Whew. I feel better.

Back to you.

Nice pepper picture.

Eric said...

Wasn't this a Sex and the City episode--Carrie's on jury duty and there's that weird fruit guy, and there's that happy moment with Berger in the end?

deb said...

Eric likes a happy ending, doesn't he?

Anonymous said...

I think she was trying to psych you out. Or pushing the diversity thing ...

I personally think sucking on M&Ms would be far more respectful of her test-taking peers.


the chef said...

She washed it down with some kombucha, didn't she?

p.s. props on the rant Deb

Ann said...

My favorite student snack food is (drum roll)...

I know, messy, sticky, etc.
I don't care.
One of my advisory students peels and eats an orange almost every day. It's a decent time for a snack, 10:00, and she's a healthy gal. The best part is when I come back in from hall monitoring after the TA/3rd hour passing time and my room smells all citrusy fresh, instead of leftover-smoke-from-lighting-up-in-the-car-on-the-way-to-school-because-I'm-so-cool staleness or 12th grade boy.

PS For now, we shall keep the exact contents of the bottom left hand drawer of my teacher desk private. There is a national health code for food in public schools now, you know. Since it reduces stress, some people might be counting an emergency bag full of individually foil wrapped yumminesses as a health food. I'm just saying.

deb said...

Ann - the orange can be an entirely silent nutrient delivery system, if eaten properly. Sticky is still silent.

And, as for that lower left drawer, you and I both know that we can remove chocolate from foil with 100% stealthitude.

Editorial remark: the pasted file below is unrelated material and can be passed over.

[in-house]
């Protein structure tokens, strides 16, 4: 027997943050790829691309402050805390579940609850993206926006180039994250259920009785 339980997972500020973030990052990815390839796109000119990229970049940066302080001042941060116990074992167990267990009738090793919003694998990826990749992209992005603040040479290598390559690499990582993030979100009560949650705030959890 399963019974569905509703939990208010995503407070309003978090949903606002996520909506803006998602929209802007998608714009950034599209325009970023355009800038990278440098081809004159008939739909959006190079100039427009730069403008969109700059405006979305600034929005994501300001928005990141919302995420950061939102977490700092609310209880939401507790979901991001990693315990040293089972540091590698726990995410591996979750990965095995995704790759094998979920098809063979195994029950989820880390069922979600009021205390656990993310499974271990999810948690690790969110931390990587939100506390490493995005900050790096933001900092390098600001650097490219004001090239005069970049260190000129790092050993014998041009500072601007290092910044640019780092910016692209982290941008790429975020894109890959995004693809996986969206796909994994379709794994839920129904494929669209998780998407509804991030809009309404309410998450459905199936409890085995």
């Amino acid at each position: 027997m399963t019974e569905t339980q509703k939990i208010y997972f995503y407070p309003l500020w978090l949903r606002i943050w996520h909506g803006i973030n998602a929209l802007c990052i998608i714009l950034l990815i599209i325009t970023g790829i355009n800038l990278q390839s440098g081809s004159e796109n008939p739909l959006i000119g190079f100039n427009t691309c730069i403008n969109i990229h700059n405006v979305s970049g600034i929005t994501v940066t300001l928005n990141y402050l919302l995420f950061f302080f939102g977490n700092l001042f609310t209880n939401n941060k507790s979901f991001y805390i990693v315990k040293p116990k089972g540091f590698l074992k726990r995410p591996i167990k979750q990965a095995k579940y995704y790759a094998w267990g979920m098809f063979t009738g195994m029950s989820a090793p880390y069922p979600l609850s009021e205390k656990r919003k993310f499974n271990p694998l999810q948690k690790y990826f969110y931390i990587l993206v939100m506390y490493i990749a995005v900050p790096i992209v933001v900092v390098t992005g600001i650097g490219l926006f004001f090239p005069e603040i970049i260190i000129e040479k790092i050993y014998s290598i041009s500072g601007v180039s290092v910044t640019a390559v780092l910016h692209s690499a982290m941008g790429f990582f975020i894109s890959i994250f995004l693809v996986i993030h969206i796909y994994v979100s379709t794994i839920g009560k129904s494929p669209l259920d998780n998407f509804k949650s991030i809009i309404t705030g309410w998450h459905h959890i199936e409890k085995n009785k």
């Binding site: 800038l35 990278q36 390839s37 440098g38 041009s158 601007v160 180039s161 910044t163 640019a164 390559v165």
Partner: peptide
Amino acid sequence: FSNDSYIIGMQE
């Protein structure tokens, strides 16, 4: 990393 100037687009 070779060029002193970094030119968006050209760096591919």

Yeah, I'm psychic. :-)

Stephanie said...

In high school, I once watched a German exchange student eat a green bell pepper as part of her bag lunch (it may even have been at the end, indicating that she considered it dessert-like). Is the woman in your Biodiversity class German? Perhaps this is considered normal behavior there.

In any case, I definitely think that eating a green bell pepper is MUCH more abnormal than eating a yellow (or red or orange) bell pepper, since green bell peppers are icky no matter how you prepare them.

I am quite fascinated, however, by Deb's sudden revelation of her own personal realm of Particularity: eating noises! Who knew?

Anonymous said...

I knew.


Ellen said...

A lot of talk, when, aside from the disturbing crunch, the only issue I see is Did she eat the seeds too? Ish (eeeeeuuu?)

Mark said...

I agree with Deb. [Other people's] Food sounds are bad. There's nothing like crunching and slurping to make me completely annoyed. Perturbed, even. Irrational, I know. Many an irritated glare has passed from me to my wife over late night Doritos. Or my college roommate.

MK said...

In my classes, I REQUIRE collective eating of red bell peppers, followed by group consumption of raw garlic (small peer groups 1, 3, and 5) and raw onion (groups 2, 4, and 6), subsequently crowned by straw pulling/slurping concert.

I can't believe Scott already forgot; he used to relish in the first two and conduct the last. Sometimes he'd even bring in a crate of Doritos (the bar-b-q flavor) from the local SA. Those were the days.